June 1, 2004

June 1, 2004 | WebMemo on Health Care

Bitter Pills #10: Why Can't Other States Be Like Indiana?

Medicare discount drug cards are available for the first time ever today (June 1). In addition to substantial savings on retail drugs for all seniors, the cards provide low-income seniors $600 in annual subsidies to help them buy prescription drugs.

But in Indiana, some seniors can double their savings through prescription drug cards.

How did the Hoosiers do it? Easy, according to Heritage Foundation health care expert Derek Hunter. They changed Indiana's own drug assistance program, the HoosierRX Drug Card, to compliment the Medicare drug card program. It sounds mundane, but because of this change, Indiana's low-income seniors who qualify for the $600 subsidy also will receive a total of $1,200 in additional benefits through 2005, Hunter writes in a May 26 research paper.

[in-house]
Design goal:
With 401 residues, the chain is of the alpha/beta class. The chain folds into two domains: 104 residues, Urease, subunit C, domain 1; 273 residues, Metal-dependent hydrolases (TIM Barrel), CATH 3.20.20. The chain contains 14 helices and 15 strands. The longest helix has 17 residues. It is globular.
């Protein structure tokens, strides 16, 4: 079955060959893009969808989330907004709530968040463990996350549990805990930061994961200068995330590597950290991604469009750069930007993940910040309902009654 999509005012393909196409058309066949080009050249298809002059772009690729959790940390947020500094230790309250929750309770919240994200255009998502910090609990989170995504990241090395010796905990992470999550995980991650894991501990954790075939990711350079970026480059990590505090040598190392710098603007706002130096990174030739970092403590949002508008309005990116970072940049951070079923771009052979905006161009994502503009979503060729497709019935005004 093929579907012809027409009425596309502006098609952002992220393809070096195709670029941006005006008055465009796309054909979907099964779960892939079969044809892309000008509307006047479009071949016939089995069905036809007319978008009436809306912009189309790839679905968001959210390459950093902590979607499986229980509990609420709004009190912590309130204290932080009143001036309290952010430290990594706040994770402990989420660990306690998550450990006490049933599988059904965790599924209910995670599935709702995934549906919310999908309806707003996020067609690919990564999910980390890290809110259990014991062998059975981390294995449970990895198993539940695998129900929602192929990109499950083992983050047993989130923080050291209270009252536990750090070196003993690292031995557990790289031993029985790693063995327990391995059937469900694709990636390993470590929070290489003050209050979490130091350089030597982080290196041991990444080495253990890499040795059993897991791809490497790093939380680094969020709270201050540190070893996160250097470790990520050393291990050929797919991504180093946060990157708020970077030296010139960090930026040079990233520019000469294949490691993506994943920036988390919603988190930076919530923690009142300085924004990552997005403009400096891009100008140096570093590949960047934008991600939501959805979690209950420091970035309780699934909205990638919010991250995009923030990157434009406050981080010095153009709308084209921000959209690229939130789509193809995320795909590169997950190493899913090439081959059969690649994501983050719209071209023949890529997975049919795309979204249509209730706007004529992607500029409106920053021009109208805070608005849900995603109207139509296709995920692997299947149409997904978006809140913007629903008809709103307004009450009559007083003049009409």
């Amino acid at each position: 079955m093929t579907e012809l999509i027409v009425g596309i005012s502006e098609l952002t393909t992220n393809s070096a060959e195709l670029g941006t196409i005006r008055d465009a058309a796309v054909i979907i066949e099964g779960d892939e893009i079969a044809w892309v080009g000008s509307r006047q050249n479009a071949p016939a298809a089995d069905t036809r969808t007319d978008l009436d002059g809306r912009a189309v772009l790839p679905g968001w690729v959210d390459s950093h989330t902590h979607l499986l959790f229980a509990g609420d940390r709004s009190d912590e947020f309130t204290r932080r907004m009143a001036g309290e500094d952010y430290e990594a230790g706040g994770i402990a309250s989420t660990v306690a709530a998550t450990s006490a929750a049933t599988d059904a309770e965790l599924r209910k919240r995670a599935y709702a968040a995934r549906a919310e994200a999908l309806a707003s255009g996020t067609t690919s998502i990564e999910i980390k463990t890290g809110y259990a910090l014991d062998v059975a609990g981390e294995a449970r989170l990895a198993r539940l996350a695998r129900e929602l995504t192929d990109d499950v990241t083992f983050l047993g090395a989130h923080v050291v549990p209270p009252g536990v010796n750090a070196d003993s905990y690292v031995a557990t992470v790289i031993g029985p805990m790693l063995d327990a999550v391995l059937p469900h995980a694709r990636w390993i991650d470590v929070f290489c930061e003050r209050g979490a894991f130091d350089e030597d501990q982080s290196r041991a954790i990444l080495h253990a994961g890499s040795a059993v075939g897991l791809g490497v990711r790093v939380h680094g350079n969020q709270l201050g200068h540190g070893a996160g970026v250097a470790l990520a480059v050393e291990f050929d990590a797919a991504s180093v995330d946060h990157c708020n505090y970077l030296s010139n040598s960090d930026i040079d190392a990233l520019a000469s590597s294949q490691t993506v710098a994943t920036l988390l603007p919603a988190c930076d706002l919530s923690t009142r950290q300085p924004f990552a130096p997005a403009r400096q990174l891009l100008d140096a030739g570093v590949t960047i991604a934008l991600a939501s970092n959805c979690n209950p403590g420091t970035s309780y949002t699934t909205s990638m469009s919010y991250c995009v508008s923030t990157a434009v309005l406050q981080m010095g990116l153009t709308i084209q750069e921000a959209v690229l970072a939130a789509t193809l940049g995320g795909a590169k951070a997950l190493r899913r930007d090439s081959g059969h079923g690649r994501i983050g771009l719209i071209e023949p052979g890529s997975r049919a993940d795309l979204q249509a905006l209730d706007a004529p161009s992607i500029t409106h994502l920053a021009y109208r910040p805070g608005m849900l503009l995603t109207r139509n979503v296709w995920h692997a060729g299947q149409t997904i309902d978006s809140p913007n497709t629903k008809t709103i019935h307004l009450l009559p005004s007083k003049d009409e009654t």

The other 49 states should follow Indiana's lead. Then, Hunter writes, "…low-income seniors would realize significant savings on out-of-pocket costs while taxpayers would see future tax burdens shrink." The Bitter Pill? Congress kills the program in 2006. Read more of Hunter's paper, "The Truth About The Medicare Drug Discount Card," here:

For more information or to receive an e-mail version of "Bitter Pills," contact chris.kennedy@heritage.org or call Heritage Media Services at (202) 675-1761.

"Bitter Pills" is an occasional, but regular, feature from The Heritage Foundation on how the 2003 Medicare drug law is full of sickening "surprises" that have serious consequences for seniors and taxpayers. Of course, The Heritage Foundation isn't surprised at all. We diagnosed the problems long ago in ourMedicare Maladies series. Both Medicare Maladies and Bitter Pills are available on heritage.org (if you can stomach them).

About the Author

Related Issues: Health Care